“Sleeper number six” the mustachioed train conductor tells me, “…but run!” he commands. Sprinting across the platform an old man calls “fast!”, and another elderly woman yells from the carriage “get on!” just as the Mandovi Express releases her breaks and starts rolling forward through the sprawling expanse of Mumbai, through the hills of Maharashtra state and the flats of Goa, through eighteen provincial stations and on into the her last stop at Margao, nearly six hundred kilometres south of the megacity of Bombai.
“The Mandovi may be rugged, but it came as a welcome return to real travel after living in Europe for so long, where trains zoom across equal distances in a matter of a few short hours, their windows and doors sealing you in from the noise of the locomotion and the sensations landscape…”
The diesel engine Mandovi moves daily to and fro the metropolis and the former Portugeuse colony. She has a heavy body, rolling at an average of fifty kilometres per hour, but on the flat can achieve one hundred kilometres per hour, the thick foliage blurring by and the dense heat beating through the window her dozing passengers who sleep their twelve hour journey to the monotony of the piston beat and the carriage sway. On the Mandovi Express there is no in-compartment entertainment – no televisions, screens or music – and boredom invades all, the passengers turning to each other for conversational stimulation.
On the Mandovi Express sleeping seems to be the most popular way to pass the time, though interrupting your repose on the benches comes a constant flow of vendors calling out, as if it were some mantra, their refreshments and foods: Chai-Chai-Chai-Chaaaaaaii, Coffee-Coffee-Coffeeee, Samosa-Samosa-Samosaaa, and the best-selling Paani-Paani-Paani-Paaniii, or water. Then come the curries, their smell of a thousand spices invading your dreams as you nod off in the heat.
Other interruptions to your doze come in the form of the transgender Hijra women, who move from carriage to carriage asking for alms in exchange for a blessing or in threat of a curse. They approach the compartments and give a loud clap of the hands, their bangles and jewellery announcing their imminent arrival as they make their way through the carriage.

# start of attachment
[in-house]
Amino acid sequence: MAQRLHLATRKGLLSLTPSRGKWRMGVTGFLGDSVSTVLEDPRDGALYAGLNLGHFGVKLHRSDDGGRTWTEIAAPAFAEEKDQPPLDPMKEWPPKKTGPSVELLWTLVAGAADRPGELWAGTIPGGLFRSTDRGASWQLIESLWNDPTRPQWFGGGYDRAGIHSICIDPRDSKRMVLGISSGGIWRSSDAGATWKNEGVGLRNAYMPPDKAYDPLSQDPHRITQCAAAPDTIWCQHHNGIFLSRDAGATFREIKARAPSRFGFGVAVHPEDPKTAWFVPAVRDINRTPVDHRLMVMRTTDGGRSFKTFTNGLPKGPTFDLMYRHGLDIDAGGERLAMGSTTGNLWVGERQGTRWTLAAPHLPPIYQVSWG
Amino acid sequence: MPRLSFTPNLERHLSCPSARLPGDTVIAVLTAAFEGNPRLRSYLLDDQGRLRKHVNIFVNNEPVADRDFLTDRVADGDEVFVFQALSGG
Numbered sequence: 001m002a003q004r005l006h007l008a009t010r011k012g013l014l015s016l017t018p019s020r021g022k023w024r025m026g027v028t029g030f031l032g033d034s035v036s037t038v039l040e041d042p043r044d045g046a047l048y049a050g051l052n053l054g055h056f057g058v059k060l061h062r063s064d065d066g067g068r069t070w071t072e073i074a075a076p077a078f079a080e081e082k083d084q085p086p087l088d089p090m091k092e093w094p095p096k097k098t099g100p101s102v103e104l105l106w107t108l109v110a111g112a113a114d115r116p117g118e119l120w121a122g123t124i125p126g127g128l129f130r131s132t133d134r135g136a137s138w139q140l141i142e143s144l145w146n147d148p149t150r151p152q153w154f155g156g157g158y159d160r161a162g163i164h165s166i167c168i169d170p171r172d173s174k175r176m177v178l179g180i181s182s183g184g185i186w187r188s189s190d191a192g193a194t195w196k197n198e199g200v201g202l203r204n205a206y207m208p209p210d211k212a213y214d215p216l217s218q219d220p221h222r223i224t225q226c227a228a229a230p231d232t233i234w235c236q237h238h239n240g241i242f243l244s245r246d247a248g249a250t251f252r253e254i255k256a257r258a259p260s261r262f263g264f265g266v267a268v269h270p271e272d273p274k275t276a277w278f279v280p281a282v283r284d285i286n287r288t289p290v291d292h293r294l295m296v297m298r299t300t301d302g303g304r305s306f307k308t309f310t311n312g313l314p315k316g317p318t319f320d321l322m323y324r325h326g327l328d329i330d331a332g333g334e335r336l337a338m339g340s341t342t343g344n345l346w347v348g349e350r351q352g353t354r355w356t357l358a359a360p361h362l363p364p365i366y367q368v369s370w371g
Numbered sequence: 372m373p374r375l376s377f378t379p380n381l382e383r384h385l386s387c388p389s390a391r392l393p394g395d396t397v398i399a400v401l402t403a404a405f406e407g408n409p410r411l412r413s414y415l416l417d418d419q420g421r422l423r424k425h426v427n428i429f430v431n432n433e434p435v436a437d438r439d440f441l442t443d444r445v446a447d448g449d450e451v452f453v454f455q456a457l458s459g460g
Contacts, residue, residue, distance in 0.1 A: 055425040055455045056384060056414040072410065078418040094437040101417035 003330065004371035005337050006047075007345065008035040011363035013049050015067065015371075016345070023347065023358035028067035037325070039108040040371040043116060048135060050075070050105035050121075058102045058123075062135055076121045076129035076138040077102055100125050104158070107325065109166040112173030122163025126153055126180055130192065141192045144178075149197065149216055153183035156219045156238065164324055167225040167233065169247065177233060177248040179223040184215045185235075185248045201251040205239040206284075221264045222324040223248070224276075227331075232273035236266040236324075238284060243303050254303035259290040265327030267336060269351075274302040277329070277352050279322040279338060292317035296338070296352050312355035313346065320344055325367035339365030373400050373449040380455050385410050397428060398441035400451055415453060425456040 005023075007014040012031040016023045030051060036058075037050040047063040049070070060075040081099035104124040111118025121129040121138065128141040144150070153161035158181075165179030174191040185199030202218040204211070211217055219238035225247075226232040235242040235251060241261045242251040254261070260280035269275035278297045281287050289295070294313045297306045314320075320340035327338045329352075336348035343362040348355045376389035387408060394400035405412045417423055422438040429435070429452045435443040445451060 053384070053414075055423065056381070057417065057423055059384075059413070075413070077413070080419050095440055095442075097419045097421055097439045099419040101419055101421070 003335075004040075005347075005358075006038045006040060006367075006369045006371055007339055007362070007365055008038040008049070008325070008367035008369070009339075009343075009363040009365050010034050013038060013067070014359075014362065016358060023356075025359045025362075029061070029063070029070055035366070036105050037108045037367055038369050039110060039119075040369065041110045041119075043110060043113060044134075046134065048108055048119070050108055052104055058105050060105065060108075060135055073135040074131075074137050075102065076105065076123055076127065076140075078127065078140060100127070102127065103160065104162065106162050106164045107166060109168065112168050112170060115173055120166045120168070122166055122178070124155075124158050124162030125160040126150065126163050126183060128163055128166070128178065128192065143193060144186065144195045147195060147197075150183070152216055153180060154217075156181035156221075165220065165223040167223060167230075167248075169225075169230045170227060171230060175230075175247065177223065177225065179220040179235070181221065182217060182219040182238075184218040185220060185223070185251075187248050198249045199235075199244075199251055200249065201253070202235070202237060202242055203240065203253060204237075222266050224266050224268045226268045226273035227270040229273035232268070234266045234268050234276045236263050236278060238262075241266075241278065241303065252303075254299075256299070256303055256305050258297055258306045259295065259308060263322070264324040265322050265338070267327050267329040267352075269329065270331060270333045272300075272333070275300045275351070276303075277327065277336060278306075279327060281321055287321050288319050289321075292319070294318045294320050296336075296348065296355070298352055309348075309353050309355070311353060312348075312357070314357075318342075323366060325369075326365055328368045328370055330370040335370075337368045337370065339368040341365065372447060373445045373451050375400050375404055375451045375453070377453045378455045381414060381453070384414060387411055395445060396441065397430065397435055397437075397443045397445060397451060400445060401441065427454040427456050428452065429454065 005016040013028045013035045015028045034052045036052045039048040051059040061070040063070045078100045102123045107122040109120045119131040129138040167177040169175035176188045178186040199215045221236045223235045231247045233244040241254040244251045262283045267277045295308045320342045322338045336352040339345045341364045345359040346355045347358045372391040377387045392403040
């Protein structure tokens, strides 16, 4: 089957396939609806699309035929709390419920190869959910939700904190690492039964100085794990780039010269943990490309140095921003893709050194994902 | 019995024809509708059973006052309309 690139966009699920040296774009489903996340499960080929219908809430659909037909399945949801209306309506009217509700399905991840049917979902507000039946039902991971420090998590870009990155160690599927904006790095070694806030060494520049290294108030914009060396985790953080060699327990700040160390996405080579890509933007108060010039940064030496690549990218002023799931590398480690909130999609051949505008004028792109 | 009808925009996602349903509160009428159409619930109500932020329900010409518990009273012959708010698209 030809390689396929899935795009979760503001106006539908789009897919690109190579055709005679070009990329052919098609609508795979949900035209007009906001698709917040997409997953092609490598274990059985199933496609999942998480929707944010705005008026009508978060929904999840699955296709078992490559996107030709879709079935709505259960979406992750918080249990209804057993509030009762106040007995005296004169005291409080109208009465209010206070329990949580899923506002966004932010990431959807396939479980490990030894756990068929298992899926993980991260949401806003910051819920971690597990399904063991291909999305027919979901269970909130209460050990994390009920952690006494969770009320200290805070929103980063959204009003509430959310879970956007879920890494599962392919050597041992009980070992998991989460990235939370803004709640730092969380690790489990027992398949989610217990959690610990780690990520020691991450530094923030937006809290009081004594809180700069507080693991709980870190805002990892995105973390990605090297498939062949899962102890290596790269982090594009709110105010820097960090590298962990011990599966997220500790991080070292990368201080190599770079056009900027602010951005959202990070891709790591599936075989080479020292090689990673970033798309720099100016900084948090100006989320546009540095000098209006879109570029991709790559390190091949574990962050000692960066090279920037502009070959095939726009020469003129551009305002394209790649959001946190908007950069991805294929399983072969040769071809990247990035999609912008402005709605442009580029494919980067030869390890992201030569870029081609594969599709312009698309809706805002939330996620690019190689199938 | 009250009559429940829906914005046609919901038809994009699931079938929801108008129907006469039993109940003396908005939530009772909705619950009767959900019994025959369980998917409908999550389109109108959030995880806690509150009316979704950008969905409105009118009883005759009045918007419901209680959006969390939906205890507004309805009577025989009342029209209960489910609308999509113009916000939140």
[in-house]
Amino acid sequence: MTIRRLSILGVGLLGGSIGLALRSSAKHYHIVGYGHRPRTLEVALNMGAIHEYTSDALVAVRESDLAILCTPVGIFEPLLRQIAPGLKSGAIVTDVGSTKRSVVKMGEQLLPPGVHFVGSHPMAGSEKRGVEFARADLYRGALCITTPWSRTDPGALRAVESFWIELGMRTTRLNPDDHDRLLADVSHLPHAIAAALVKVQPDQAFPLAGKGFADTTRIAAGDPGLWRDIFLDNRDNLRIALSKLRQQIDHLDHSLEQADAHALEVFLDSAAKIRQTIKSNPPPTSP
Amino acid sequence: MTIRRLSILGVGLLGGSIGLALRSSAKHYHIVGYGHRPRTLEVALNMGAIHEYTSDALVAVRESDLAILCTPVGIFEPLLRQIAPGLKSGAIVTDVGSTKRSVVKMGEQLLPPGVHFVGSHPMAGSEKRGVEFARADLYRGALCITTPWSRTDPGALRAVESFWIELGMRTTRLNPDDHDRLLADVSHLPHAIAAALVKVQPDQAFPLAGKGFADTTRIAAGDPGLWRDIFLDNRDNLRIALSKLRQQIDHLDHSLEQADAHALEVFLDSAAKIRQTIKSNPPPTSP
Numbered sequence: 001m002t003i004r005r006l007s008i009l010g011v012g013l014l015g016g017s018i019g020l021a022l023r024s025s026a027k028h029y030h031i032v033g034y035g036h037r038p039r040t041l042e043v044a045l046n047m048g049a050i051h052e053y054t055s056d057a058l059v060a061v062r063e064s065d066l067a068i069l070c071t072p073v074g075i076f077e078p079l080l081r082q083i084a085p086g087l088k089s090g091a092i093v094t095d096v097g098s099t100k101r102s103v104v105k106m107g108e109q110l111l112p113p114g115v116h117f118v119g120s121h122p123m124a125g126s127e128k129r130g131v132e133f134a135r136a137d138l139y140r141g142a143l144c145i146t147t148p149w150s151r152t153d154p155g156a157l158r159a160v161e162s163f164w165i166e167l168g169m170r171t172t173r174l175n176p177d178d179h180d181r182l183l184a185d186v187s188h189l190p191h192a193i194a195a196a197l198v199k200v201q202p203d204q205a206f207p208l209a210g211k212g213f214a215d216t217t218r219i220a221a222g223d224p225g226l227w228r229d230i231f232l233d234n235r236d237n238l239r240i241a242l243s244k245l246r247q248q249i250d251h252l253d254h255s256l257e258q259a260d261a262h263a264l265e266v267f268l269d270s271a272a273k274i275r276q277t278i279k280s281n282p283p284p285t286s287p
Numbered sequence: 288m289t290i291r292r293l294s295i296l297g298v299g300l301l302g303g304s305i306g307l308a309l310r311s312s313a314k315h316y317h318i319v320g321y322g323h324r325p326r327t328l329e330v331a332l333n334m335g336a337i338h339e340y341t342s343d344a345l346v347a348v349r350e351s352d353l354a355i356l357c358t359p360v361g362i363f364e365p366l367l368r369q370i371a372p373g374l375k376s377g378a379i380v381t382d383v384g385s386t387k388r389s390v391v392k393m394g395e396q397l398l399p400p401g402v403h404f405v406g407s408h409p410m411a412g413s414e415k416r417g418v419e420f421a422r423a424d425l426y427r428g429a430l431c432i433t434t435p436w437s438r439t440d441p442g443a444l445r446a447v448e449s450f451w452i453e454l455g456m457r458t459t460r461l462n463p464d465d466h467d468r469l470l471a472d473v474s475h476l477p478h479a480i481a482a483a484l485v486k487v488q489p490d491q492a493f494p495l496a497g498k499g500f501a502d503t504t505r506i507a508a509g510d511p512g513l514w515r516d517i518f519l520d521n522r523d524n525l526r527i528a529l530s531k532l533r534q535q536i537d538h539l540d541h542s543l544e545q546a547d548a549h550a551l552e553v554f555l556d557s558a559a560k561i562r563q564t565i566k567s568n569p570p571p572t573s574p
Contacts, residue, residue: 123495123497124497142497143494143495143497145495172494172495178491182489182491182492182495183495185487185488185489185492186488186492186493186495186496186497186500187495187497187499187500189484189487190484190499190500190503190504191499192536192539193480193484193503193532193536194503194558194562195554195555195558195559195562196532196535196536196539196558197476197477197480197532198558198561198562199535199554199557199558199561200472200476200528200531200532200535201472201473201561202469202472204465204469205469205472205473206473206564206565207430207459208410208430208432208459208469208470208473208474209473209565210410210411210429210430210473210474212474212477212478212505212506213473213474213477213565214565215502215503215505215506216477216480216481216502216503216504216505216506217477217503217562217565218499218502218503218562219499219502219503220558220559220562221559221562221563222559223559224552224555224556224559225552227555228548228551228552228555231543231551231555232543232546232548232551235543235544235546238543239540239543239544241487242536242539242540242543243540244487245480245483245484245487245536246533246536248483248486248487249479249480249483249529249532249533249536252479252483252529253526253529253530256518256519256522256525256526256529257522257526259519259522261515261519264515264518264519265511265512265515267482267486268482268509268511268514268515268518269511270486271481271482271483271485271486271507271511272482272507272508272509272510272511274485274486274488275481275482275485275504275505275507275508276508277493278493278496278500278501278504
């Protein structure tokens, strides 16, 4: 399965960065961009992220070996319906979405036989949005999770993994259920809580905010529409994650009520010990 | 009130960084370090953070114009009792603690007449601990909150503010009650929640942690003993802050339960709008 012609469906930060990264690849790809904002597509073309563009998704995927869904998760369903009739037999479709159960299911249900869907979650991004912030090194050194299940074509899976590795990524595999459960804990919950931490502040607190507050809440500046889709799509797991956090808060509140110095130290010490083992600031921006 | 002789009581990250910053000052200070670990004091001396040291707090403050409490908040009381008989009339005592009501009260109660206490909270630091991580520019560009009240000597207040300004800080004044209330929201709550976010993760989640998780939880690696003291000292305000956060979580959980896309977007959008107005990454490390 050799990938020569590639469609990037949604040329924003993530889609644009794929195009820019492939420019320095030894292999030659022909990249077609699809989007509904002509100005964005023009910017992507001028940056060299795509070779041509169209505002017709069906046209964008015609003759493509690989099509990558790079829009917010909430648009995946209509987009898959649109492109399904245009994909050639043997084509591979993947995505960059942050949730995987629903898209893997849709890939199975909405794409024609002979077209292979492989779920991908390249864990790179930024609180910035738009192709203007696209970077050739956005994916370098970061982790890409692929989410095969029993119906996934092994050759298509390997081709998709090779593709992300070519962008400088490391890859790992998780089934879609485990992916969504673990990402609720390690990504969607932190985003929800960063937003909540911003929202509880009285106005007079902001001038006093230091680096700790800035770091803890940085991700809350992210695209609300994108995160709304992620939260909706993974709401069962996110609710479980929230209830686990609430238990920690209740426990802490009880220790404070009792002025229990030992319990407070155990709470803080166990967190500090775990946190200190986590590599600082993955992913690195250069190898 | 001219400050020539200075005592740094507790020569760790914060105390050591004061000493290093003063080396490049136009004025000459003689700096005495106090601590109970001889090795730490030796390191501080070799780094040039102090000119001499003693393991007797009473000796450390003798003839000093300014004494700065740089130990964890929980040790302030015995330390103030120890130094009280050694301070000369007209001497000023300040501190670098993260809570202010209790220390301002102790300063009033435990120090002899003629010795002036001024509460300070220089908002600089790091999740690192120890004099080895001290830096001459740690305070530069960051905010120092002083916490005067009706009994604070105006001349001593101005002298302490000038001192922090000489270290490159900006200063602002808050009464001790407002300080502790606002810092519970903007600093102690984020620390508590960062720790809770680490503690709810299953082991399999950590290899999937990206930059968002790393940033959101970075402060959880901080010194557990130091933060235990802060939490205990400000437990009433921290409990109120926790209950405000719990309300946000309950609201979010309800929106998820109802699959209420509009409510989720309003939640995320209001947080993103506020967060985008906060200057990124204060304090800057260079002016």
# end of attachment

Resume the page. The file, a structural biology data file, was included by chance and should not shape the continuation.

“The Mandovi Express offered me more smiles than any other train has given me, more handshakes than any plane…”
One of them tries to use her physical charms to awaken this confused traveller’s generosity, her hand receiving a slap of rapprochement for its encroachment. The marginalisation of these Hijra women, I was subsequently told, means that they must resort to these kind of requests, working the trains in groups to survive in a world where employment is withheld from them out of prejudice and stigma.
Muslim, Catholic, and Hindu, my fellow passengers ply their strange companion with questions about his origin and destination, his reason for travel and his marital relations: “Do you read the bible?” – it’s been a while, I confess. “Are you Muslim?”, not quite. I clarify their geographical uncertainties about Spain and Australia, and the inevitable question comes; “Are you married?”, and, to my negative response, “Do you want to get married?”, here I laugh and try my most ambiguous head bobble. The lethargy returns and I fall into a deep doze.
Waking me out of what must be my tenth nap of the day comes the tap of my Muslim friend’s hand, poking through the window from the platform. He offers me his hand, we shake, and smile goodbye – his English and my whichever of the twenty-two official languages of India he speaks are not quite up to scratch for exchanges beyond an improvised sign language and many smiles.
On the Mandovi Express many hands are offered. One comes from a young boy – thirteen he is – who is travelling alone to see his aunt. A group of travelling women dote over him as if he were their own nephew, and they call his father on the boy’s mobile to let him know he is okay and that they will help him find his aunt on arrival. He shakes my hand twice before getting off at his stop. Another young man, a few years older, is travelling from the southern tip of India to Dehli, via Mumbai, to attend a university entrance examination, a two thousand kilometre journey that will determine the course of his life.
The Mandovi Express offered me more smiles than any other train has given me, more handshakes than any plane. The Mandovi may be rugged, but it came as a welcome return to real travel after living in Europe for so long, where trains zoom across equal distances in a matter of a few short hours, their windows and doors sealing you in from the noise of the locomotion and the sensations landscape, their little screens diverting you away from your fellow travellers, distracting you from the possible smiles and handshakes which could have been offered.
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